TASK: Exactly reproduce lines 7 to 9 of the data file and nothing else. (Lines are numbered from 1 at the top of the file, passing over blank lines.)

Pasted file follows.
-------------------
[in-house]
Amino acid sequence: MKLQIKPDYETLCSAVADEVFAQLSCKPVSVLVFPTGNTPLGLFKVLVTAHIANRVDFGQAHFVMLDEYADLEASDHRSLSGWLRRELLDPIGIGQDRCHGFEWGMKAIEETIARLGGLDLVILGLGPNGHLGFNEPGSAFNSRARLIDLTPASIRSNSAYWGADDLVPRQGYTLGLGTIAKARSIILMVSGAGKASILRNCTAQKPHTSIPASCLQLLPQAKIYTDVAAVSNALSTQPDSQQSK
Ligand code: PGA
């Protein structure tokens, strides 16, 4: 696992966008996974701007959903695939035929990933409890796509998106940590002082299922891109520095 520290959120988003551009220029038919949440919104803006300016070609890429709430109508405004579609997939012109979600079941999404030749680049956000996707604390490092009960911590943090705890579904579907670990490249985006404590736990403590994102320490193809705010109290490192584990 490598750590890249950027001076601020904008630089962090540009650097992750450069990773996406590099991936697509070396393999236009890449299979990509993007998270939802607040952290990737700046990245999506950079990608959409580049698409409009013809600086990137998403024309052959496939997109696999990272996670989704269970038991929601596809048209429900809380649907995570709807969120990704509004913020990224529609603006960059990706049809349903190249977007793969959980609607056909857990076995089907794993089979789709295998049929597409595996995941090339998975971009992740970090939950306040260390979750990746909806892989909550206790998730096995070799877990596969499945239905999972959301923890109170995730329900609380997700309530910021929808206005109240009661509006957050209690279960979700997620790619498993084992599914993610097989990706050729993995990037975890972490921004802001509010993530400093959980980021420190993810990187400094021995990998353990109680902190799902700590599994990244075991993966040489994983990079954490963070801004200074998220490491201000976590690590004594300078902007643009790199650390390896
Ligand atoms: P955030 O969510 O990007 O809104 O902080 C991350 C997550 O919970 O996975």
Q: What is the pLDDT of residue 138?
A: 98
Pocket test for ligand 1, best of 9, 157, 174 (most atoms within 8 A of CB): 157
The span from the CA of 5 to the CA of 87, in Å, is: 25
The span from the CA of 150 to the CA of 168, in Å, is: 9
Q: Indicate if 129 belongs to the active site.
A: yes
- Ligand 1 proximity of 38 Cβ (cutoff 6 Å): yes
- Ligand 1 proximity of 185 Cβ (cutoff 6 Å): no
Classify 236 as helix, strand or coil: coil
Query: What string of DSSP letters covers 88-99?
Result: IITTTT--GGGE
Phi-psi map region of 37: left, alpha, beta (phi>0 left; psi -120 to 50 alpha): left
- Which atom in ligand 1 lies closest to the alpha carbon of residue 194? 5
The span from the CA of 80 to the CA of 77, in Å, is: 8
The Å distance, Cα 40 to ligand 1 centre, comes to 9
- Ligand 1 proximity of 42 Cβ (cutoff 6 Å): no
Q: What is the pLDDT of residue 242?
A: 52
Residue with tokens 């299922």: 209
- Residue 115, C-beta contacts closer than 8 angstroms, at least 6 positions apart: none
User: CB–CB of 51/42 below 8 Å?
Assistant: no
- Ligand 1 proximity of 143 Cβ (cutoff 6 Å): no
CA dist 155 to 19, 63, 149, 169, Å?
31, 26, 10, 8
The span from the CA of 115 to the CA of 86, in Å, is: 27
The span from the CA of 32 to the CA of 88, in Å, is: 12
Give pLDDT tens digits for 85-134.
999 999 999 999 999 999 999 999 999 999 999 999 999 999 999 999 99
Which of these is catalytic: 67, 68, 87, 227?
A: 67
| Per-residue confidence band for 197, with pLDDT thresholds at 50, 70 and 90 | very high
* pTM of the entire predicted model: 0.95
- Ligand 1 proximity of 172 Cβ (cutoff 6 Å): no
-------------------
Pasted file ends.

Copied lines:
A: 98
Pocket test for ligand 1, best of 9, 157, 174 (most atoms within 8 A of CB): 157
The span from the CA of 5 to the CA of 87, in Å, is: 25